3 Things to Consider Before Buying Salesforce.com

Douglas is a member of The Motley Fool Blog Network -- entries represent the personal opinion of the blogger and are not formally edited.

One of the most commonly mentioned features of Salesforce.com (NYSE: CRM) is that it is a company that investors and analysts inherently, and sometimes inexplicably, want to like. While I uncomfortably fall into this group, there are three main questions that need to be answered before making an allocation of capital to the stock. The first is to determine if there is any way to justify the high valuation at which the stock currently trades. The second is to consider how the company can compete with rivals like Oracle (NYSE: ORCL) in providing integrated solutions. The third is to satisfy ourselves as to whether Salesforce.com can adapt to the shifts currently taking place in computing. When these questions are answered, the result is a stock where, like any case of unrequited love, following our hearts may get us in trouble.

The Valuation Question

There is no way to avoid the simple reality that Salesforce.com is expensive. On a trailing basis, the company has not been profitable and on a forward-looking basis, the stock is still trading at a forward P/E of 77. The company does have year-over-year quarterly revenue growth of 34%, so we are obviously dealing with a company squarely in the growth sector, but at some point investors will expect to see some concrete profits. The company had over $1.5 billion in revenue last year, demonstrating that it has an extremely robust operation. The growth element is one of the main reasons the stock remains a favorite of Wall Street and individual investors, but this state of explosive growth and no profits cannot last indefinitely.

Competing in the Cloud

The next major concern is whether Salesforce.com will be able to compete with companies like Oracle that are more able to offer integrated solutions. Oracle has been a vocal critic of the decision by Salesforce.com to opt for a cloud architecture that does not use Java. This has the potential to disrupt the ability of Java-based software to function properly within the Salesforce cloud. Furthermore, businesses that require data storage, web hosting, and other software based solutions are likely to favor options like Oracle that can provide a single source for service. This means that the interplay between cloud solutions and customer databases will become of increasing importance.

The Shift to Mobile

The last, and possibly most important, issue that should be considered before buying this stock is the role of mobile in the company’s future. As one analyst aptly explains it: “ while enterprises are just beginning to really understand and absorb SaaS/cloud computing, an even bigger quake is shaking up IT: mobile computing.” As smartphones and tablet become an increasingly important part of the business landscape, “small screens” are becoming the primary point of interaction for most individuals with their technology.

What this transition has meant for technology companies is that formulating a cohesive approach to mobile is of critical importance for both adoption and monetization of otherwise sound options. As some indication of how important this shift has become, it is a central focus of such major players as Google (NASDAQ: GOOG) and Facebook (NASDAQ: FB). Google, which is the unquestionable king of search, is faced with the very real issue that as more searches are performed on small screens, ad space is limited and results need to be more targeted. The problem with monetization has plagued Facebook since its IPO – the company has over one billion users and its weak mobile strategy has made it a huge challenge to derive profits from that base. Both Google and Facebook are dedicated to solve the mobile question as a direct focus for new technology, not by trying to jam what they have into a new box. Salesforce.com will need to take similar steps.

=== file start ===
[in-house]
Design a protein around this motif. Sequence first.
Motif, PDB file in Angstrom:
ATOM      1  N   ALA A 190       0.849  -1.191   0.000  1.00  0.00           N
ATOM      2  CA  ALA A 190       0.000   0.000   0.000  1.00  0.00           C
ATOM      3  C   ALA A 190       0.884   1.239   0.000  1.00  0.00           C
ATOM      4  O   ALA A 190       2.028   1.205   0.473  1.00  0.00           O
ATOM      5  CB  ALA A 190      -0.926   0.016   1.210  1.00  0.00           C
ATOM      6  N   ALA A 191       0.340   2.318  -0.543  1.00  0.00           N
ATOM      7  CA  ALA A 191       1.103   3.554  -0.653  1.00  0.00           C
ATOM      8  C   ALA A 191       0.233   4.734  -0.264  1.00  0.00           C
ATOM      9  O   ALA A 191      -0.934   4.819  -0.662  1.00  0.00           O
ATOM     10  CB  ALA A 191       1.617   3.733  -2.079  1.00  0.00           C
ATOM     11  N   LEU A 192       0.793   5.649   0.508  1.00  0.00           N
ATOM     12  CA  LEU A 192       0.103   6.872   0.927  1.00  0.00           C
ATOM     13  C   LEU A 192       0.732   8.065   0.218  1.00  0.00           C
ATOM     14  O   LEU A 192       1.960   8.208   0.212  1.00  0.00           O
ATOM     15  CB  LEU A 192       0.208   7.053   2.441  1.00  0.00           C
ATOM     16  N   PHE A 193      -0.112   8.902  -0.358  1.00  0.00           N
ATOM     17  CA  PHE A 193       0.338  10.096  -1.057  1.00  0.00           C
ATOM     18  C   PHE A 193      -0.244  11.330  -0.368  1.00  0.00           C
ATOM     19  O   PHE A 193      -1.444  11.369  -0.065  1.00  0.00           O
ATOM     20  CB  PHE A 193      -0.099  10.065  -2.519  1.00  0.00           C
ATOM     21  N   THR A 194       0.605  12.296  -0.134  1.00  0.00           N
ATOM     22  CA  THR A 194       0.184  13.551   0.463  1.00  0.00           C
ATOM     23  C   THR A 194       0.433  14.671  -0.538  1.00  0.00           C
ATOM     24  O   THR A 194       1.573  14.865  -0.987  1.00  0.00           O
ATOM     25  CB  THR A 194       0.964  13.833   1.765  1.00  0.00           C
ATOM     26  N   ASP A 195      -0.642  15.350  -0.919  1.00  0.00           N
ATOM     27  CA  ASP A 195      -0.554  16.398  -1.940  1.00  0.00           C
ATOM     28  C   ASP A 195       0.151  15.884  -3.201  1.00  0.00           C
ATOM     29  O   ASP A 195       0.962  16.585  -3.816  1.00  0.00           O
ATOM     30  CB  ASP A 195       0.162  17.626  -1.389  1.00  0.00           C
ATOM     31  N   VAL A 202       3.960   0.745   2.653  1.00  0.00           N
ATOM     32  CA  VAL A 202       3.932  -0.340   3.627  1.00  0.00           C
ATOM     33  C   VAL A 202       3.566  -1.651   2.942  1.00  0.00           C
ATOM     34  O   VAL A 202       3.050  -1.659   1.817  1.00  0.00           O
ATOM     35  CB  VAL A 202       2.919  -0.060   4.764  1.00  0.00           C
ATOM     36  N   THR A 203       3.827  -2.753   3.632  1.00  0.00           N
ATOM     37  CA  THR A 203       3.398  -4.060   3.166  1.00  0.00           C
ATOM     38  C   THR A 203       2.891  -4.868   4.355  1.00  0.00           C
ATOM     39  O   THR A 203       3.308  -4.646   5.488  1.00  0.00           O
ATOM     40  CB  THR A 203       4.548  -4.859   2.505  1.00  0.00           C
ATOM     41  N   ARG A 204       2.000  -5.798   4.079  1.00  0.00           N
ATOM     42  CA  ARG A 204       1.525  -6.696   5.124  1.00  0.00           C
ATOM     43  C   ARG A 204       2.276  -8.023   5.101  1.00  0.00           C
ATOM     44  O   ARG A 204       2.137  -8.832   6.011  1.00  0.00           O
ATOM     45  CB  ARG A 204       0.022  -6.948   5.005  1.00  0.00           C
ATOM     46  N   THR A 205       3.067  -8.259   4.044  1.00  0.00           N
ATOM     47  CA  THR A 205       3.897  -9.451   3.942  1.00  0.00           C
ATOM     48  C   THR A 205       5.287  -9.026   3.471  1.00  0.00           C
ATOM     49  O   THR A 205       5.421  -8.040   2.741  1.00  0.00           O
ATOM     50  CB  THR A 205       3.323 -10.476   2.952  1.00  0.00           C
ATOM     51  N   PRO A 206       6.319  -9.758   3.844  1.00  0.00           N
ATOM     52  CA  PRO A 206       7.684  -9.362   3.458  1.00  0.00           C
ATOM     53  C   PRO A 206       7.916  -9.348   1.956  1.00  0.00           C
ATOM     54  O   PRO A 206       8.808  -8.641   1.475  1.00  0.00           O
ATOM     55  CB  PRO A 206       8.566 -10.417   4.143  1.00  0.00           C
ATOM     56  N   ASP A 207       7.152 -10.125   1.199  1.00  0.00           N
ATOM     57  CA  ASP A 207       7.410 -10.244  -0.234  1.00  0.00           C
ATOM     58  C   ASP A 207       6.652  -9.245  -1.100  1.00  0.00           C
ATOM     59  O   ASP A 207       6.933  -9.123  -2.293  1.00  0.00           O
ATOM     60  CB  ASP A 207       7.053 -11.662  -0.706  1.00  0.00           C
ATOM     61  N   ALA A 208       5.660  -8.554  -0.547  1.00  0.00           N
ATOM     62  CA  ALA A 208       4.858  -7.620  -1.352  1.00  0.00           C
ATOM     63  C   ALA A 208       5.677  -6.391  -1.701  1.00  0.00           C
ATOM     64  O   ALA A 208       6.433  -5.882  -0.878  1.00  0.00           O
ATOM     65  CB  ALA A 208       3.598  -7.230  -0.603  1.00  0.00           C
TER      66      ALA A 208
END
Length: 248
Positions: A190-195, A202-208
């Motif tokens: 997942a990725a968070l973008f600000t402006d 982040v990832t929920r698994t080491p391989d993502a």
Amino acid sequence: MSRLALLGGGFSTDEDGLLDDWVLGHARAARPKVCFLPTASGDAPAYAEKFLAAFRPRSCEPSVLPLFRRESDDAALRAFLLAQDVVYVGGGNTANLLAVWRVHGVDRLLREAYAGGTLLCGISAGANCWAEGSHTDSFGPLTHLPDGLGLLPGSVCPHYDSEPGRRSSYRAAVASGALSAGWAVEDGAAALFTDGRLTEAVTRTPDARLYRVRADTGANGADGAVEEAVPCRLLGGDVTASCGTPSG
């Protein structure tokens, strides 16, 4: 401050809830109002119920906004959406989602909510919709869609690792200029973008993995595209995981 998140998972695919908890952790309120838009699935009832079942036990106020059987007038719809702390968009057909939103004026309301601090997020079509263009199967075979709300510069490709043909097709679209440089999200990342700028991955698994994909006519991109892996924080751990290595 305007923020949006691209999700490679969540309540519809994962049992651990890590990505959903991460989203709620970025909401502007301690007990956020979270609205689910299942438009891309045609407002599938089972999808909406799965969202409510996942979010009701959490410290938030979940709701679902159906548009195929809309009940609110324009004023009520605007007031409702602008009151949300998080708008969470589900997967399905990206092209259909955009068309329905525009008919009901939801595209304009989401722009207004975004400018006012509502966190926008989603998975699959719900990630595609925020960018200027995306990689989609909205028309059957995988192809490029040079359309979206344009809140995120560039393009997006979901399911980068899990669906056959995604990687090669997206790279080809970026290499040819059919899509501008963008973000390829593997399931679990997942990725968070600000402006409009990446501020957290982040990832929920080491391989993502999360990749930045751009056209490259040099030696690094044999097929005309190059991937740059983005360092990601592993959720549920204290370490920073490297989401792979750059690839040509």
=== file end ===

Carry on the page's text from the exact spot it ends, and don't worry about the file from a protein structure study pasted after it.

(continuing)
Being counted in the company of Google and Facebook is usually a good thing, but in this case, developing a workable strategy for mobile is a critical need of all three. Salesforce.com has the resources to take this step; the question is whether it has the will and the vision. Keeping track of this development should be a major concern of current and potential shareholders.


While I share the same romantic view of Salesforce.com as do many others, the company is facing some serious concerns moving forward. Before dedicating capital to the stock, you need to be sure you are comfortable with the risks involved. If the company can address these concerns, it has a real chance to meet everyone’s very lofty expectations.

Mr. Ehrman has no positions in the stocks mentioned above. The Motley Fool owns shares of Facebook, Google, and Oracle and has the following options: short JAN 2013 $150.00 calls on Salesforce.com, long JAN 2013 $150.00 puts on Salesforce.com, and long JAN 2014 $20.00 calls on Facebook. Motley Fool newsletter services recommend Facebook, Google, and Salesforce.com. Try any of our Foolish newsletter services free for 30 days. We Fools may not all hold the same opinions, but we all believe that considering a diverse range of insights makes us better investors. The Motley Fool has a disclosure policy.If you have questions about this post or the Fool’s blog network, click here for information.

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